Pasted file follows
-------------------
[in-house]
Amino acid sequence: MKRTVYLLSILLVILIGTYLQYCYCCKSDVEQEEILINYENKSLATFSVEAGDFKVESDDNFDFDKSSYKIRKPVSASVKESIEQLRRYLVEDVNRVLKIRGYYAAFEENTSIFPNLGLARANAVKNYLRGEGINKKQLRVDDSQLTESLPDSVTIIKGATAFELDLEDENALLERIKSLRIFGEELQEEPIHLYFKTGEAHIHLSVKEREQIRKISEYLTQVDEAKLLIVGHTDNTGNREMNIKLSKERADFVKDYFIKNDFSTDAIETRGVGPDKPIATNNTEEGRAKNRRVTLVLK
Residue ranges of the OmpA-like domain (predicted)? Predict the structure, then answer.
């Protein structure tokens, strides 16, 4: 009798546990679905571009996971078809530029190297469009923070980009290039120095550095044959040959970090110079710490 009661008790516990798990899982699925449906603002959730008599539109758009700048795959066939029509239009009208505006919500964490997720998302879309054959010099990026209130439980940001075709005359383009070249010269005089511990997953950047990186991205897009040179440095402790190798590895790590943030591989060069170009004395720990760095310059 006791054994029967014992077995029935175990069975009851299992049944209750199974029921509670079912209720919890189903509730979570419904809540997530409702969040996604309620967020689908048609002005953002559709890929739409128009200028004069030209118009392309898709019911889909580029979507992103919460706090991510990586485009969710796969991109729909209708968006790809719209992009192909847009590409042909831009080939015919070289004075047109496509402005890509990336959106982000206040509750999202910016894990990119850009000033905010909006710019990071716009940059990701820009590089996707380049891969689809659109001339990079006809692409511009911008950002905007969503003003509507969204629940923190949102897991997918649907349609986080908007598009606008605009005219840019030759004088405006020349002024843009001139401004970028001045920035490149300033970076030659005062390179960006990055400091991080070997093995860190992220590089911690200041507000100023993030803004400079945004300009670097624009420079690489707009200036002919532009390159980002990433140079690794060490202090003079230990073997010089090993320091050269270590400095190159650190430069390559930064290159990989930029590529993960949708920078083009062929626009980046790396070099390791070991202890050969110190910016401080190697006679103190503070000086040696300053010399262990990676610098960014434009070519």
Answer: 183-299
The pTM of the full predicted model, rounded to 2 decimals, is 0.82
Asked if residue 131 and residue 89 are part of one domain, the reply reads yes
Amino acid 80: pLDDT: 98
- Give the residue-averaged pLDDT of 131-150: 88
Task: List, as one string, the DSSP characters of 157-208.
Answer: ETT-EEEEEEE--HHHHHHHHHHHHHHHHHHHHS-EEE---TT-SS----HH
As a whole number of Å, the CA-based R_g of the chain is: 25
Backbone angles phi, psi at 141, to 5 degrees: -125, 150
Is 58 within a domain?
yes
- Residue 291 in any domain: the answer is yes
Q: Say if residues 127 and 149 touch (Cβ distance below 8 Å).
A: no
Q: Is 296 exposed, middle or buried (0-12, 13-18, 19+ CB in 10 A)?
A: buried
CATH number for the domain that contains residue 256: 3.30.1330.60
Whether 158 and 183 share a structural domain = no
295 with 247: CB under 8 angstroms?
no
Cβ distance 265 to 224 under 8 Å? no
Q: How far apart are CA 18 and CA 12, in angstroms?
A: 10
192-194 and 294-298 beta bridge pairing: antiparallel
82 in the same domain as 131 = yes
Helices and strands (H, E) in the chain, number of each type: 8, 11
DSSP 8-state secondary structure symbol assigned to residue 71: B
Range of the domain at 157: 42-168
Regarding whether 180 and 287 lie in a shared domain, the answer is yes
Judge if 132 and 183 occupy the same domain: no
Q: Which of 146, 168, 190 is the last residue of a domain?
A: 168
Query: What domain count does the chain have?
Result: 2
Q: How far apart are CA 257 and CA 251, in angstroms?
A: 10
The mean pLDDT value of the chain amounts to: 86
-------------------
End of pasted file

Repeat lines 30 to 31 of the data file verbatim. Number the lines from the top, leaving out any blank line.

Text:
Helices and strands (H, E) in the chain, number of each type: 8, 11
DSSP 8-state secondary structure symbol assigned to residue 71: B